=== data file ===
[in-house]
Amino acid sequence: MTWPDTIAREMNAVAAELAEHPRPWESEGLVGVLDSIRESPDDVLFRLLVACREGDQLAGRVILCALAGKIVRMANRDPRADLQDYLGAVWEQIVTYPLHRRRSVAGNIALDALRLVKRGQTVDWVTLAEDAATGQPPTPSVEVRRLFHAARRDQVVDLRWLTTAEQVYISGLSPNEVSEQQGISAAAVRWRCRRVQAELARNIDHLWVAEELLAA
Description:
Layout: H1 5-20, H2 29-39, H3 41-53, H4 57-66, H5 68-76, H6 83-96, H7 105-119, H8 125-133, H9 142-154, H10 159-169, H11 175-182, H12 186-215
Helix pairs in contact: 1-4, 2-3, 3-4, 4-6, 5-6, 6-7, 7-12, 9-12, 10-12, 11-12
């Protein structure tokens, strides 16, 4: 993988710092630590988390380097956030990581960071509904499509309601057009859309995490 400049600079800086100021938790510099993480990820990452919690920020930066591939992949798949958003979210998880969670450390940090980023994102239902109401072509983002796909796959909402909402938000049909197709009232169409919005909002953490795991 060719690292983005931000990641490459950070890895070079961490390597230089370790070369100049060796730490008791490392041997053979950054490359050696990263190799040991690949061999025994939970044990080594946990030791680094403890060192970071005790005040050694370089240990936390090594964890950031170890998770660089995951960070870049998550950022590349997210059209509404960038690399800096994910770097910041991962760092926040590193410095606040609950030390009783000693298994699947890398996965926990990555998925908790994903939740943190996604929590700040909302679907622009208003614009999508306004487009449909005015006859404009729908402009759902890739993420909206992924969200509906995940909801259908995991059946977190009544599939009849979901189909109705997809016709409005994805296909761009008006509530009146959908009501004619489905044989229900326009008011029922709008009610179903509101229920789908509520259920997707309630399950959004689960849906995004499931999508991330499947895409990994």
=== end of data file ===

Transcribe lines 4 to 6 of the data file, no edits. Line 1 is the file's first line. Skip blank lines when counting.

Layout: H1 5-20, H2 29-39, H3 41-53, H4 57-66, H5 68-76, H6 83-96, H7 105-119, H8 125-133, H9 142-154, H10 159-169, H11 175-182, H12 186-215
Helix pairs in contact: 1-4, 2-3, 3-4, 4-6, 5-6, 6-7, 7-12, 9-12, 10-12, 11-12
């Protein structure tokens, strides 16, 4: 993988710092630590988390380097956030990581960071509904499509309601057009859309995490 400049600079800086100021938790510099993480990820990452919690920020930066591939992949798949958003979210998880969670450390940090980023994102239902109401072509983002796909796959909402909402938000049909197709009232169409919005909002953490795991 060719690292983005931000990641490459950070890895070079961490390597230089370790070369100049060796730490008791490392041997053979950054490359050696990263190799040991690949061999025994939970044990080594946990030791680094403890060192970071005790005040050694370089240990936390090594964890950031170890998770660089995951960070870049998550950022590349997210059209509404960038690399800096994910770097910041991962760092926040590193410095606040609950030390009783000693298994699947890398996965926990990555998925908790994903939740943190996604929590700040909302679907622009208003614009999508306004487009449909005015006859404009729908402009759902890739993420909206992924969200509906995940909801259908995991059946977190009544599939009849979901189909109705997809016709409005994805296909761009008006509530009146959908009501004619489905044989229900326009008011029922709008009610179903509101229920789908509520259920997707309630399950959004689960849906995004499931999508991330499947895409990994």